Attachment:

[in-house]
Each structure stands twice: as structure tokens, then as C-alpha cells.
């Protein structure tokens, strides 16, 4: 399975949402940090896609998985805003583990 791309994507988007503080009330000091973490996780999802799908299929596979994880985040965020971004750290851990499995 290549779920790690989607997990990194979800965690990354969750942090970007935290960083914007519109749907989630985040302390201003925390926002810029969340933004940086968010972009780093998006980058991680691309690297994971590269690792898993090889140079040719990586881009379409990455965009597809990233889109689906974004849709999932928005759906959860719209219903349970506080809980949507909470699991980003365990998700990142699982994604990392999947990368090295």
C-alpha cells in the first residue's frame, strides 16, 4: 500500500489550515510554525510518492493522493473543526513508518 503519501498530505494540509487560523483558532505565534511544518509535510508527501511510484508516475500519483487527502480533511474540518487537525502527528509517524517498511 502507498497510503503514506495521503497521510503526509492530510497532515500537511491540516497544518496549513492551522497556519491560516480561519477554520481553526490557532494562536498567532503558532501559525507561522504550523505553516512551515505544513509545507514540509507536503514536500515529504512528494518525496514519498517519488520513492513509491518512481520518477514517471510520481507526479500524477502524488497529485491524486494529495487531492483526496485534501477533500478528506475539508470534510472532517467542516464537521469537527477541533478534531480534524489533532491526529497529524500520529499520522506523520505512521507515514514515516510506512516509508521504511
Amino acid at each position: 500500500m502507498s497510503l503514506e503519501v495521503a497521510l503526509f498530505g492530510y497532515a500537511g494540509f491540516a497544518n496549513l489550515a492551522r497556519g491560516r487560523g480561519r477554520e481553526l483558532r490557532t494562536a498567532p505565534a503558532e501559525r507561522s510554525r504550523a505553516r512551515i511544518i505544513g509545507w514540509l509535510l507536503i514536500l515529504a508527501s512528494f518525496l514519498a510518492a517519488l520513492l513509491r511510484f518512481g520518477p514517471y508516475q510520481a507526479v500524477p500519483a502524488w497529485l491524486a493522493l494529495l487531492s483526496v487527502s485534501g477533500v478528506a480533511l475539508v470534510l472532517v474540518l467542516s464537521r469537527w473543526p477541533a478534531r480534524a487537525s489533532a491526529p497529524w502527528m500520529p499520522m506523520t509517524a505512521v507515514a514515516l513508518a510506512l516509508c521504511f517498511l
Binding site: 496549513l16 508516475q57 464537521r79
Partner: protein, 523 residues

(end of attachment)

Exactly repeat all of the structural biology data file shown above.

[in-house]
Each structure stands twice: as structure tokens, then as C-alpha cells.
């Protein structure tokens, strides 16, 4: 399975949402940090896609998985805003583990 791309994507988007503080009330000091973490996780999802799908299929596979994880985040965020971004750290851990499995 290549779920790690989607997990990194979800965690990354969750942090970007935290960083914007519109749907989630985040302390201003925390926002810029969340933004940086968010972009780093998006980058991680691309690297994971590269690792898993090889140079040719990586881009379409990455965009597809990233889109689906974004849709999932928005759906959860719209219903349970506080809980949507909470699991980003365990998700990142699982994604990392999947990368090295």
C-alpha cells in the first residue's frame, strides 16, 4: 500500500489550515510554525510518492493522493473543526513508518 503519501498530505494540509487560523483558532505565534511544518509535510508527501511510484508516475500519483487527502480533511474540518487537525502527528509517524517498511 502507498497510503503514506495521503497521510503526509492530510497532515500537511491540516497544518496549513492551522497556519491560516480561519477554520481553526490557532494562536498567532503558532501559525507561522504550523505553516512551515505544513509545507514540509507536503514536500515529504512528494518525496514519498517519488520513492513509491518512481520518477514517471510520481507526479500524477502524488497529485491524486494529495487531492483526496485534501477533500478528506475539508470534510472532517467542516464537521469537527477541533478534531480534524489533532491526529497529524500520529499520522506523520505512521507515514514515516510506512516509508521504511
Amino acid at each position: 500500500m502507498s497510503l503514506e503519501v495521503a497521510l503526509f498530505g492530510y497532515a500537511g494540509f491540516a497544518n496549513l489550515a492551522r497556519g491560516r487560523g480561519r477554520e481553526l483558532r490557532t494562536a498567532p505565534a503558532e501559525r507561522s510554525r504550523a505553516r512551515i511544518i505544513g509545507w514540509l509535510l507536503i514536500l515529504a508527501s512528494f518525496l514519498a510518492a517519488l520513492l513509491r511510484f518512481g520518477p514517471y508516475q510520481a507526479v500524477p500519483a502524488w497529485l491524486a493522493l494529495l487531492s483526496v487527502s485534501g477533500v478528506a480533511l475539508v470534510l472532517v474540518l467542516s464537521r469537527w473543526p477541533a478534531r480534524a487537525s489533532a491526529p497529524w502527528m500520529p499520522m506523520t509517524a505512521v507515514a514515516l513508518a510506512l516509508c521504511f517498511l
Binding site: 496549513l16 508516475q57 464537521r79
Partner: protein, 523 residues